The ‘Me. Him. Us.’ HIV Testing Campaign in London Is By and For Queer People of Color
The United Kingdom gay men’s health charity GMFA has just posted a new series of posters around London. The posters urge people to get tested for HIV — but the new “Me. Him. Us.” campaign is directed at gay black men in particular. GMFA’s campaign is one of the few public health campaigns directed at the queer black and minority ethnic (or BAME) community.
The campaign highlights the importance of regular HIV testing. The posters read “Me. Him. Us. I test for HIV because it looks after both of us. Testing is easy and confidential. Find out how and where you can get tested at www.mehimus.org.uk.” That website forwards back to GMFA’s website.
The posters were developed with HERO, the Organization for Equal Employment and Rights, and designed by those in the BAME community.
Ian Howley, HERO’s general director, says, “For the past few years, HERO has been working closely with the BAME LGBT community. One of the issues that emerged, especially in mass media health promotion campaigns, was the lack of adequate representation. At HERO, we listened to this feedback and acted accordingly.“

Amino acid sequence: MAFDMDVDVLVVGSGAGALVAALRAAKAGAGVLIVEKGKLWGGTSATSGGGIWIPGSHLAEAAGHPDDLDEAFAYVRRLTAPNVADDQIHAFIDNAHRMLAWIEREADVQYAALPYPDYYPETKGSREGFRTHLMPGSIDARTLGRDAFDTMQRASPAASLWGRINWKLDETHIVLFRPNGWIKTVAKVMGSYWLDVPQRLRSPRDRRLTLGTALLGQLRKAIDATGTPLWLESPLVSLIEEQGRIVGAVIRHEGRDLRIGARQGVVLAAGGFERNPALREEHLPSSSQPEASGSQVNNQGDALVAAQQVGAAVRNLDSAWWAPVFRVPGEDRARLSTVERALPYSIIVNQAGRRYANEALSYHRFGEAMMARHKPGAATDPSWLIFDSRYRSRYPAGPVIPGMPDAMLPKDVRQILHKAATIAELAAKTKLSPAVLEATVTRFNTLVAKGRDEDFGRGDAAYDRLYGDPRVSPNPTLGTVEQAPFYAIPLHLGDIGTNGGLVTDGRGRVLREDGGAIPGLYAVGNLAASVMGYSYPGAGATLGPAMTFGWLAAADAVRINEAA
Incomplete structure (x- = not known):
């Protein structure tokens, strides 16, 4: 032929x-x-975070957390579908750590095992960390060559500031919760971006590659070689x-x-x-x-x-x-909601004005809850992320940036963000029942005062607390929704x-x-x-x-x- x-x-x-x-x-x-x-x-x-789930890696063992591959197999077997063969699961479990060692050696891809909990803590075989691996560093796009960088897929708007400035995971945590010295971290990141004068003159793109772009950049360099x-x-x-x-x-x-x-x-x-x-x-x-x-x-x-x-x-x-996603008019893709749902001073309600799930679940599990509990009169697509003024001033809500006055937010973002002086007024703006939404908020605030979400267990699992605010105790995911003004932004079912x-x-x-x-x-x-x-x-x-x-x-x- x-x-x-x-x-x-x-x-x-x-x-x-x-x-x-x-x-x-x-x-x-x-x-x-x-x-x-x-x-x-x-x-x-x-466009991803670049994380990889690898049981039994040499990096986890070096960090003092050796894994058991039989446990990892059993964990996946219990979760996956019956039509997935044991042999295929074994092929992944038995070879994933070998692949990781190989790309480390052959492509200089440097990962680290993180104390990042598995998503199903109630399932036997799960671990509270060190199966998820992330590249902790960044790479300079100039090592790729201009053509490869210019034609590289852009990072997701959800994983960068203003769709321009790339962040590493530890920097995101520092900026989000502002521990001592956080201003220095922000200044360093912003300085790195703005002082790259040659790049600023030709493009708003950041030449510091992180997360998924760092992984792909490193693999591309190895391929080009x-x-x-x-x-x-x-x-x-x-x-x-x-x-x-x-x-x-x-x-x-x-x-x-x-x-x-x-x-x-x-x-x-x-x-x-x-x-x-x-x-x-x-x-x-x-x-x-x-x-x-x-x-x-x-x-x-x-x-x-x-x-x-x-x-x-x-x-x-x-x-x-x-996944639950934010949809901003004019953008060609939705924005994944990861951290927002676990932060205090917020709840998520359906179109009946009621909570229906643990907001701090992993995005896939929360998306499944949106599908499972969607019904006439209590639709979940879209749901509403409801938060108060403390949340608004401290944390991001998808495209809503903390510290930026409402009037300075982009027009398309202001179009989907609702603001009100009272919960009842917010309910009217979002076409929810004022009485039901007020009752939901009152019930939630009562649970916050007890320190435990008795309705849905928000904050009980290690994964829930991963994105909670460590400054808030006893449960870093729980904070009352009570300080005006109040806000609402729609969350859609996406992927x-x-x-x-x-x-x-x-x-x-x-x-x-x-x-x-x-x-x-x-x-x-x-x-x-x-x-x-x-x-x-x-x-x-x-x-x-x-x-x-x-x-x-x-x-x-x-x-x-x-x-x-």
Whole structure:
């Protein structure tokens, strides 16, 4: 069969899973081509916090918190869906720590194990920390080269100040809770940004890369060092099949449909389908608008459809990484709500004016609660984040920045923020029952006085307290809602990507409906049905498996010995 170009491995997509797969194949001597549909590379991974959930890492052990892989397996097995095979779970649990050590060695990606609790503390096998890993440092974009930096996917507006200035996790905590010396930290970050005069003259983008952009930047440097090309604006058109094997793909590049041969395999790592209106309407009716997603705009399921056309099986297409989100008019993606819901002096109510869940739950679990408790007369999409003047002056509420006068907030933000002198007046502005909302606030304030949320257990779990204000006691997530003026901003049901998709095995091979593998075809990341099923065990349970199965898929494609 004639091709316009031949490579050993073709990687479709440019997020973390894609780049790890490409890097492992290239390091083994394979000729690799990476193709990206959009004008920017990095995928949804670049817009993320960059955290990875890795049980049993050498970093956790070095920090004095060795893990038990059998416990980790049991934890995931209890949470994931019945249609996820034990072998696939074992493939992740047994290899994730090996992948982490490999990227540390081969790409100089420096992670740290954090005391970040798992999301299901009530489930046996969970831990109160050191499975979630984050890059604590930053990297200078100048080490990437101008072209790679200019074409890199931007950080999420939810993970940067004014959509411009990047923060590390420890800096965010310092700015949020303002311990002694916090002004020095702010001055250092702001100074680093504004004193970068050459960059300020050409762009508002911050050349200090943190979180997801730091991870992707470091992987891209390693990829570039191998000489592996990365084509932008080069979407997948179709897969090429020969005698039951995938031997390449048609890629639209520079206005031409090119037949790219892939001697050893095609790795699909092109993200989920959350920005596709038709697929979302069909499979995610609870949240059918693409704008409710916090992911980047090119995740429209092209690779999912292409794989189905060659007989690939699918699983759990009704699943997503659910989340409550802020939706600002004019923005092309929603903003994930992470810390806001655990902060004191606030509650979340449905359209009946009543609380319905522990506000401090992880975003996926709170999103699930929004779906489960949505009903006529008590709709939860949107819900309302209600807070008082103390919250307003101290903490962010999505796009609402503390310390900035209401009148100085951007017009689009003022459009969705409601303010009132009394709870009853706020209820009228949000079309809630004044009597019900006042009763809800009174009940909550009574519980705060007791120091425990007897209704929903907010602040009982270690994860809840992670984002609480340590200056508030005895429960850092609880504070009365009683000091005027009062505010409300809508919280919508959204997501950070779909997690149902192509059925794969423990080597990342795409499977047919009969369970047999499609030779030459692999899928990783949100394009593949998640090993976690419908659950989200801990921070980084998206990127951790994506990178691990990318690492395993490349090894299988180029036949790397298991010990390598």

Campaign consultant and the associate editor at BlackoutUK Marc Thompson adds:
Most health professionals don’t like to admit it, but reflecting diverse audiences can be challenging for them.
It’s difficult, especially if you don’t come from those communities or understand how to reach us effectively. The lack of visibility of men from black, Asian and other ethnic minority communities in sexual health promotion has been well documented as having an impact on BAME men’s sexual health and risk taking, which ultimately plays a role in the disproportionate rates of HIV infection in this population.
This is why the Me. Him. Us. campaign is so important. It was created by BAME gay and bisexual men for BAME gay and bisexual men. This campaign speaks to us.
As part of the campaign, GMFA not only offers a list of testing clinics throughout London but also articles about being a person of color in the LGBTQ community with titles like “I’m Black, But I Am Not Your Fetish.”